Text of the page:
Never a dull moment in this detailed chronicle by Brian Brivati of the collapse of the leading impact investment group Abraaj, and worrying lessons to be learnt.
Brian Brivati, the author of ‘Icarus – the life and death of the Abraaj Group’ describes himself as a “crazy human rights professor” who is “a lucky researcher”. I think he is being modest.
As an experienced archival historian, he has provided an analysis that is both forensic and gripping. His book often reads like a James Bond novel.
When the author nonchalantly tells you he persuaded an ex-employee of Abraaj to hand over the entire file of internal ‘memos to all staff’, you realise he makes his own luck.
Abraaj means towering in Arabic, and at one point the group towered over the impact investing industry. The Dubai-based company led by the charismatic Arif Naqvi was a private equity firm that at its peak had some $14bn under management and managed more than two hundred investments through twenty offices.
Brivati writes that Abraaj had “been born in the nexus of the Middle East and South East Asia.” Naqvi himself, having grown up in Pakistan, clearly understood the investment opportunities, if not – as we shall see – the geopolitical implications.
Protecting impact investing’s reputation
Brivati’s motive in writing this book is clear. He worries that the fall of Abraaj was a “detrimental blow to the reputation of impact investing,” and states that: “We need a balanced account on the record” and a “re-appraisal of the continuing possibility of impact investing in emerging markets.” Impact investing is an idea “whose reputation is too important to leave unprotected.”
Brivati is a firm believer that “Abraaj was a pioneer of impact investing in emerging markets and (that it)…had a multiplier effect in often poor communities.”
He lists investments across Africa and South Asia in “twenty-nine hospitals, sixteen clinics, more than seventy diagnostic centres…” and sums up it was “one of the largest and most innovative strategies deployed in emerging markets’ history.”
No money missing
So what went wrong? When Naqvi was arrested at Heathrow in 2017 at the request of the US Department of Justice (DOJ) they “threw the book at him.” He was accused of “securities fraud, wire fraud, racketeering conspiracy, money laundering, theft of public funds and theft of employee pension plans.”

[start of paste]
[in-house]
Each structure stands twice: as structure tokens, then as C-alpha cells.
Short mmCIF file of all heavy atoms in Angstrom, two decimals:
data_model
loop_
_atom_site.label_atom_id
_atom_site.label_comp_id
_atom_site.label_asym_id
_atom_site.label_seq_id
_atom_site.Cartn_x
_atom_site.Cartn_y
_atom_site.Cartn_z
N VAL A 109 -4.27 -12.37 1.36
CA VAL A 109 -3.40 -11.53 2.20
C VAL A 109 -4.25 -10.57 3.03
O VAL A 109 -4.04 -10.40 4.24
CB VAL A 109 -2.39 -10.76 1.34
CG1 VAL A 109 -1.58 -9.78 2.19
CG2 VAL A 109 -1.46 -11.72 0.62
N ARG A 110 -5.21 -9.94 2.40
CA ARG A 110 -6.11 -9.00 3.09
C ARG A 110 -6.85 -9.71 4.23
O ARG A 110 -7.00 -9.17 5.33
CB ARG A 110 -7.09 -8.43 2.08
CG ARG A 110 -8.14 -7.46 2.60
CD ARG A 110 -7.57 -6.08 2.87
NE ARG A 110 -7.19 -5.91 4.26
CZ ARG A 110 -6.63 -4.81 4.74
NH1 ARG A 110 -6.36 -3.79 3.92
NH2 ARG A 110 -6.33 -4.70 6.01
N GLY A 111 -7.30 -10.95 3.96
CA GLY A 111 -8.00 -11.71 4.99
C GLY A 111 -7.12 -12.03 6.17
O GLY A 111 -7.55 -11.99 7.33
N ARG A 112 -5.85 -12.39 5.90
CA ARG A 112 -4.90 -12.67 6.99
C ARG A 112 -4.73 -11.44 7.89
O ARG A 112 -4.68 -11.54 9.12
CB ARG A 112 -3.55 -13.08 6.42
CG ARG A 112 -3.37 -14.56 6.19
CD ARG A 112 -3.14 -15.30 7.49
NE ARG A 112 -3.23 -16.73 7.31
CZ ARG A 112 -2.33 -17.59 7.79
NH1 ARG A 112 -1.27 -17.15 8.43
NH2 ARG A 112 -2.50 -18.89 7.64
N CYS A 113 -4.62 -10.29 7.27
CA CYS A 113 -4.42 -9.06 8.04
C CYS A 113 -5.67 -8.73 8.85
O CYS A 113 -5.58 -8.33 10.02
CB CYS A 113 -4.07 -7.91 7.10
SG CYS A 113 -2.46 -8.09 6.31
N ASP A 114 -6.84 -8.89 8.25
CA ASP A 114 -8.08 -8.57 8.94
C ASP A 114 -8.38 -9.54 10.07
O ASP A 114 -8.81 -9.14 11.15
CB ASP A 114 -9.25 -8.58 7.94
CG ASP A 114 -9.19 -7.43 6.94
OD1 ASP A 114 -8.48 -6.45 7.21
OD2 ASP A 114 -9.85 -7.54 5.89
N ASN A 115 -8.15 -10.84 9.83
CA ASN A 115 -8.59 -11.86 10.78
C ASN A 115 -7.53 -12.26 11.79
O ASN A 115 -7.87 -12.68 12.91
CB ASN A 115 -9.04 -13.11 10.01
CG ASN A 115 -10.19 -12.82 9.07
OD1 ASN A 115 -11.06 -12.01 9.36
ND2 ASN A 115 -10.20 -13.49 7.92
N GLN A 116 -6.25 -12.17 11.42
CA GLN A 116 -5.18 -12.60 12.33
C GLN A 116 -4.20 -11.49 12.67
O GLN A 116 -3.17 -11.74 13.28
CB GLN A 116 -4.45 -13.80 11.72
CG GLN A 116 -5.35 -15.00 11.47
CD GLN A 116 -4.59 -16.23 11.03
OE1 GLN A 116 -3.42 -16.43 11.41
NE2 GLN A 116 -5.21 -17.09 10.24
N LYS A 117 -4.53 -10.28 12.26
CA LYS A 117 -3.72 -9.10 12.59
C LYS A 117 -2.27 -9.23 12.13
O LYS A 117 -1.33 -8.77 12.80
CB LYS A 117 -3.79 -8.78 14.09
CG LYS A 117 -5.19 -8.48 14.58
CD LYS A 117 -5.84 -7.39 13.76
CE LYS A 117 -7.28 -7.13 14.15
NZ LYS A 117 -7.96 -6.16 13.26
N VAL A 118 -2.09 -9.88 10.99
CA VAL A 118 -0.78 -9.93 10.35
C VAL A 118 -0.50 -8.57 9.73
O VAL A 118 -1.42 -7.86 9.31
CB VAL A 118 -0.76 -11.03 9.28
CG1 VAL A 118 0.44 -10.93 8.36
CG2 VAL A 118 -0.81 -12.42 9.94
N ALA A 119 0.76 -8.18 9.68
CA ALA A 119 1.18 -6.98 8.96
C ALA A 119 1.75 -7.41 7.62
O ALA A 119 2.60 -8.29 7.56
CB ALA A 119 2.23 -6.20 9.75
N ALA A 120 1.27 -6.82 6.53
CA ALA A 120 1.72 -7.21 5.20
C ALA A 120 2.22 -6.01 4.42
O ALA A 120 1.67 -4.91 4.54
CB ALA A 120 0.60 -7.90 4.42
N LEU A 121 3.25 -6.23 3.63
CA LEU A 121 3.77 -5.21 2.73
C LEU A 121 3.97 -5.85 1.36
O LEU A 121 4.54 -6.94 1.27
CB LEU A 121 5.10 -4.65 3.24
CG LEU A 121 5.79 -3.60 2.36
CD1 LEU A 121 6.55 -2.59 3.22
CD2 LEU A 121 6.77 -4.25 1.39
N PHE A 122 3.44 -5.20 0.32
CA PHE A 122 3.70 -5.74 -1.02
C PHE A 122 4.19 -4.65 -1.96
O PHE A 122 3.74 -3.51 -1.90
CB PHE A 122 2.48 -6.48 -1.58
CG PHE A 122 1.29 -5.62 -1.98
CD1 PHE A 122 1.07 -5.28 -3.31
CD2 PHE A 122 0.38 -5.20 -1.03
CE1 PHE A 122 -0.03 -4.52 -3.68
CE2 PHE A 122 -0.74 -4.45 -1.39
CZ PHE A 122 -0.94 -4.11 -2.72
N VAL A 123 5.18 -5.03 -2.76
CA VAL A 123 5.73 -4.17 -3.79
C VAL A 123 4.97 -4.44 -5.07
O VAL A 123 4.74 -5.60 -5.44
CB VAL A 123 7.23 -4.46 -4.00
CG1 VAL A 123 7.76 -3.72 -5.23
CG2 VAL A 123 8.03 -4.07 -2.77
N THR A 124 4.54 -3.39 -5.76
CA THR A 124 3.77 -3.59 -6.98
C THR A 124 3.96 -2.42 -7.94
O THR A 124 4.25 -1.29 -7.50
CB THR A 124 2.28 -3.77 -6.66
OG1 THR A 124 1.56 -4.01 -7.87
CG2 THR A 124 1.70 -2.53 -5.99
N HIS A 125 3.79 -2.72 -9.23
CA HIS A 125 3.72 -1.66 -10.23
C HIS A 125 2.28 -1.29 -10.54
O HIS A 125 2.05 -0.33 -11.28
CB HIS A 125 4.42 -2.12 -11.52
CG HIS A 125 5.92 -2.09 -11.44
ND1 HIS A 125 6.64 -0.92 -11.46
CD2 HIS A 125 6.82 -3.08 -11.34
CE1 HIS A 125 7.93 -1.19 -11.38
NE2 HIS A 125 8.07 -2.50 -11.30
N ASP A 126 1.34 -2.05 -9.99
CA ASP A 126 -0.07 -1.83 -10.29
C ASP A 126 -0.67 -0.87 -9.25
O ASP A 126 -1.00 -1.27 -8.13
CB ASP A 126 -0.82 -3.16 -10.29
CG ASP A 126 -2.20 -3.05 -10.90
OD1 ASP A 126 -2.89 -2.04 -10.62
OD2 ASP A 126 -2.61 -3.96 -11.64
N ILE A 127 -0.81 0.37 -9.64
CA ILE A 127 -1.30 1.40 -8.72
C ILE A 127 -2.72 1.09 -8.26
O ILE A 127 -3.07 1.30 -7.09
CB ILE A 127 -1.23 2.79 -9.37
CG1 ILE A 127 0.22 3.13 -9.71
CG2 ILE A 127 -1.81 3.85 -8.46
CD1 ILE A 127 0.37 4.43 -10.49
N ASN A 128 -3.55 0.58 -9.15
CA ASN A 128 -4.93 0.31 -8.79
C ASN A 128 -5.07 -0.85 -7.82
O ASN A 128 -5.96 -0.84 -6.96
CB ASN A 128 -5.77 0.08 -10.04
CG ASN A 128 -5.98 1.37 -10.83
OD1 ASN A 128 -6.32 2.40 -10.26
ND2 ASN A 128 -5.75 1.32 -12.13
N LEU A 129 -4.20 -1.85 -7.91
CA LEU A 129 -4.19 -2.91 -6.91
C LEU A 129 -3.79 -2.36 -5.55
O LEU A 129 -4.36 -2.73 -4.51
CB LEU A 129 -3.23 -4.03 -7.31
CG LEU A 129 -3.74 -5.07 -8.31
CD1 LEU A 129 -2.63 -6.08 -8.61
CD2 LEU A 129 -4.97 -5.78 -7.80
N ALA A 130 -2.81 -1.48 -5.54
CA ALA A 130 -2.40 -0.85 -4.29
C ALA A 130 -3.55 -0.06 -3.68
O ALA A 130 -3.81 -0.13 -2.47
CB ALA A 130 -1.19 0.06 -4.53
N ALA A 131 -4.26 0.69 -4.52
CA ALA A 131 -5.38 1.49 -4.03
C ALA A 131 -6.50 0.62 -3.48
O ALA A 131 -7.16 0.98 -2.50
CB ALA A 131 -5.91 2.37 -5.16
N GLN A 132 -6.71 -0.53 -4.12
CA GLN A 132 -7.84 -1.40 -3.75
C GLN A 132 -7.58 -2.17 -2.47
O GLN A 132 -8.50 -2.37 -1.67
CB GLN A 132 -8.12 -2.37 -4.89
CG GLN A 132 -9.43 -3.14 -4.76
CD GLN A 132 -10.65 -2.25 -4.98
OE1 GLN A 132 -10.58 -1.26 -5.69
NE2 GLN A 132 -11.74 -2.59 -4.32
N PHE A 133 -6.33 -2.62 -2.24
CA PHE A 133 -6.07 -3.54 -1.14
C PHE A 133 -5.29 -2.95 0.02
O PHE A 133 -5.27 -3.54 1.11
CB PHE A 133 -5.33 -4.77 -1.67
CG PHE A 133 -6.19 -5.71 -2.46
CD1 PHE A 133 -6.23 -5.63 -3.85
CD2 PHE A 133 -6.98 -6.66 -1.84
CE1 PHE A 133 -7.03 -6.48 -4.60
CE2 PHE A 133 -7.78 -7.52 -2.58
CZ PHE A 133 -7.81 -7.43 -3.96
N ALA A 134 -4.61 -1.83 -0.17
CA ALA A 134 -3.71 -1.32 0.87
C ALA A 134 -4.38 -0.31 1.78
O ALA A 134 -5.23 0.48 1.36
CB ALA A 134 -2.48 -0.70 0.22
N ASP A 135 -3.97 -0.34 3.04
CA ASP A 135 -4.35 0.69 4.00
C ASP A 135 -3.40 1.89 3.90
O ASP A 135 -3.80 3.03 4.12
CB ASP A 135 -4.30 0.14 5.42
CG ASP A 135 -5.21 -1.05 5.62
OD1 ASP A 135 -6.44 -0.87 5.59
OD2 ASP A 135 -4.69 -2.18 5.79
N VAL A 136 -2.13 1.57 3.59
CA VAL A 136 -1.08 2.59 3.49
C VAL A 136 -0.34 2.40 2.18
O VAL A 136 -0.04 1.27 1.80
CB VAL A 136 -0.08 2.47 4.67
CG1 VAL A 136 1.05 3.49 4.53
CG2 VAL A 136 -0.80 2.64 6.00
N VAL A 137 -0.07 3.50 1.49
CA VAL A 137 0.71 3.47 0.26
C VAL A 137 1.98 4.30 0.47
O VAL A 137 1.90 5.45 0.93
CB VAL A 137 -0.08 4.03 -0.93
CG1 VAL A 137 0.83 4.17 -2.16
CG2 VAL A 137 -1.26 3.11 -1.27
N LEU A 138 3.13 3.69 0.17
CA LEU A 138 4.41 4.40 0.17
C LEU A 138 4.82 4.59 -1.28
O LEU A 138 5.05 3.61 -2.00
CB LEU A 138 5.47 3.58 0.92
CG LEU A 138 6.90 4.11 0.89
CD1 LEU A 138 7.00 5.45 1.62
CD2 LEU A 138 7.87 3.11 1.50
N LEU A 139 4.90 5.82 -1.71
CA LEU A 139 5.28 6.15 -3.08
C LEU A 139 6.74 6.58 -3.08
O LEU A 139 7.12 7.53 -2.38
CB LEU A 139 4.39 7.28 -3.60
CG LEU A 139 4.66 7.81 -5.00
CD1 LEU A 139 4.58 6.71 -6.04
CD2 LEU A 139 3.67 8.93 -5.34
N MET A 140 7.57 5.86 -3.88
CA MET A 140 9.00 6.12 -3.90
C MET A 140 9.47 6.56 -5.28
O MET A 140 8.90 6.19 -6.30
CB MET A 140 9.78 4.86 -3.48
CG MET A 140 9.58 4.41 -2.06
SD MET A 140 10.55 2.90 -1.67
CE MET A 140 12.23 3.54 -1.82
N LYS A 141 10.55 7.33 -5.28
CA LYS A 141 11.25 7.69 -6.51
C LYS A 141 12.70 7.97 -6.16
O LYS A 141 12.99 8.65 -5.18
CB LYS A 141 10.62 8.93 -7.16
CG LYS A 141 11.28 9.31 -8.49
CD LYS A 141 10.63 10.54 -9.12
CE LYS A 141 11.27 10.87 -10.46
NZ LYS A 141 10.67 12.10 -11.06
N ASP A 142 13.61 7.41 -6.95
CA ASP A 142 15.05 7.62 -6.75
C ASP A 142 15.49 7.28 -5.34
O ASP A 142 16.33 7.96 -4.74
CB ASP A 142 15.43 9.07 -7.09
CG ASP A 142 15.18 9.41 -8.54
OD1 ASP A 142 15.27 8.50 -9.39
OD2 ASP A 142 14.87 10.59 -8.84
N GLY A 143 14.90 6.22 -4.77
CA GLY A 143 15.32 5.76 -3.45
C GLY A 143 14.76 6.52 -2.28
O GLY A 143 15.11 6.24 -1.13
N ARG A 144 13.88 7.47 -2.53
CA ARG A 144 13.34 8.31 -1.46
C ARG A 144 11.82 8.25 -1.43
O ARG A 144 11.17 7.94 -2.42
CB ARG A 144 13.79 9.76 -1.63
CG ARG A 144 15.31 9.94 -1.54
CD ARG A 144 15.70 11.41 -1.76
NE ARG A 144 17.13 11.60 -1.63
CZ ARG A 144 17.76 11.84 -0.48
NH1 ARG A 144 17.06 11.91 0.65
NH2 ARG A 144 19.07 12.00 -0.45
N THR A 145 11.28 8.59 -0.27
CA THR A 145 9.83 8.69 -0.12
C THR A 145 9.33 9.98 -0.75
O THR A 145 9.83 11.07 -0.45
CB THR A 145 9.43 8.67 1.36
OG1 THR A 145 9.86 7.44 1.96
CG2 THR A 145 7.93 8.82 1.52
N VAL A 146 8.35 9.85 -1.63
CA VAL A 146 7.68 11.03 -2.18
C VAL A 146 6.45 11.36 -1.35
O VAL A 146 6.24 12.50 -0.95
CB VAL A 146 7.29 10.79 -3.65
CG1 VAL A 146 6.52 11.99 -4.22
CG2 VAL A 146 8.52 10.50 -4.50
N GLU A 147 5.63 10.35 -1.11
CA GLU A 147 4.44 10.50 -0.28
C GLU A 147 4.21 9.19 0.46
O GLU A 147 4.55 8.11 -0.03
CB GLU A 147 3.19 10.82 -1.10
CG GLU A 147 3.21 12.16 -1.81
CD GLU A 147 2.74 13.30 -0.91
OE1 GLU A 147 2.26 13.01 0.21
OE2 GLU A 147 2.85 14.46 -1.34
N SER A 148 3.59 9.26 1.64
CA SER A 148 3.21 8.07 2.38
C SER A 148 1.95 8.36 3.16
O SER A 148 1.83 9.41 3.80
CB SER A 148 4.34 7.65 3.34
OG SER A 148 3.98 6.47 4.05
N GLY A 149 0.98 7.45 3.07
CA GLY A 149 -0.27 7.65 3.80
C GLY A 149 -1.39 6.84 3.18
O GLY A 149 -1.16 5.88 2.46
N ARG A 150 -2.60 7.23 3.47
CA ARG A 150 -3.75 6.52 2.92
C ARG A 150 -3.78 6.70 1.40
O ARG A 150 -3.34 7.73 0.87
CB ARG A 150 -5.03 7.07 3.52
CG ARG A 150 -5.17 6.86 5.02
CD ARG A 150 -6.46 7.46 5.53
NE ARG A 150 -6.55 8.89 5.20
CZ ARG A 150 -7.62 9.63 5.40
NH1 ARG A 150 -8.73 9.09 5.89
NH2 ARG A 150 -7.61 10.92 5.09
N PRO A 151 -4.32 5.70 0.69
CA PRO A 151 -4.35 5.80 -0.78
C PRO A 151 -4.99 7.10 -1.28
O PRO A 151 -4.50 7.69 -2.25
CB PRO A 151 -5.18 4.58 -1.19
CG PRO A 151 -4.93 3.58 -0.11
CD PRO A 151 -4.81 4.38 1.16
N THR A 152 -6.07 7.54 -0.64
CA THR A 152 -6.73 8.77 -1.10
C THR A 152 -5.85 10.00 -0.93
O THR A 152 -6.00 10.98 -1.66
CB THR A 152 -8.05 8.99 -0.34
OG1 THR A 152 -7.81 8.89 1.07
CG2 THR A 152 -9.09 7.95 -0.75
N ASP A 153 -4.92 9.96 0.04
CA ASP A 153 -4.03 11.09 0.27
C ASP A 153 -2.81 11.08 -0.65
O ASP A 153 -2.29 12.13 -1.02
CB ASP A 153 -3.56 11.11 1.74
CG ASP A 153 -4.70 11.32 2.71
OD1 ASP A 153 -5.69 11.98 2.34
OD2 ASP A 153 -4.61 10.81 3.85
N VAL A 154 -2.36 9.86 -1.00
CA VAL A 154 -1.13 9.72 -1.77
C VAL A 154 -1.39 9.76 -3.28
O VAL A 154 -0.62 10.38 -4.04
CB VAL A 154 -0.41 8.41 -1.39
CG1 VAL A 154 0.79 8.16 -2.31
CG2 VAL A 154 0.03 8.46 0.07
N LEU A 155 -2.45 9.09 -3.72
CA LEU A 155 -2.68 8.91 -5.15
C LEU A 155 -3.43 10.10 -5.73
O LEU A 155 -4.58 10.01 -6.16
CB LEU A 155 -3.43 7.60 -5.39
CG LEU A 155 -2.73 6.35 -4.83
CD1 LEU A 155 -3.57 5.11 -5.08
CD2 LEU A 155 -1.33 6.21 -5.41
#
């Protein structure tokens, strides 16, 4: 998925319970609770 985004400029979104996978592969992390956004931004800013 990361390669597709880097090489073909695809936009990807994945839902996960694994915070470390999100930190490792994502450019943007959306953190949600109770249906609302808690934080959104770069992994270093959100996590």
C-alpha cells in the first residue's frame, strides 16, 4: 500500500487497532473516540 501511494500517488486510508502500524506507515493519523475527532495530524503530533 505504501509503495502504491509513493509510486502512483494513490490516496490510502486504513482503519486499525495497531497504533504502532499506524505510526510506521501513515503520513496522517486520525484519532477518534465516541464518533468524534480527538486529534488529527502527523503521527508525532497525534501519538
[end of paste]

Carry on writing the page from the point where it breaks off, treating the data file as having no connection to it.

Yet, as Brivati with his eagle eye observes one ‘loose thread’ caught his eye “despite the charges…there was no actual money missing or unaccounted for at the level of audit from any of the funds under management.” Indeed “at the moment the Abraaj Group went into liquidation it had assets that were greater than the amounts claimed by the creditors.”
In addition, investment returns were good at Abraaj. The five funds apparently had an average realised internal rate of return of 50% across more than twenty exits. “These were very odd gangsters. Not only did they not steal anything, their ‘victims’ made a profit,” writes Brivati.
In the author’s mind, how private equity firms actually work is crucial to whether or not Naqvi was guilty. As Brivati sees it “the DOJ indictment rests on the differences in the interpretation of the limited partner agreements” and he even goes as far as arguing “there seems a strong case for restructuring the (whole) system.”
According to this book, Abraaj’s real problem was that it got caught in the political crossfire between China and the United States. China had been busy weaving its web of influence through its so-called Belt and Road Initiative of investments in emerging markets.
Pakistan, and the port of Karachi in particular, was seen as a crucial part of that, and Abraaj owned Karachi Electric, the main electricity supplier to the city. Much to Washington’s ire, Naqvi proposed selling the company to Shanghai Electric.
Brivati says he doesn’t “know whether there was a CIA case officer…who was given the job of setting fire to the towers of Abraaj” but in his view it was a “take-down operation.”
This is worrying enough, but then the final dimension to this fascinating story is the role of the Wall Street Journal. Brivati asserts “the newspaper appears to have been used by forces that were intent on destroying Abraaj,” and became “a vital weapon in the armoury of the economic hitmen targeting the company.”
Anonymous leaks provided stories at particularly damaging moments, “in short, the newspaper reports caused panic amongst the investor base.”
This is all fascinating stuff. One comes away from this book fearing we are going to see a lot more of this in the years to come as the superpower rivalry continues to play out in emerging markets.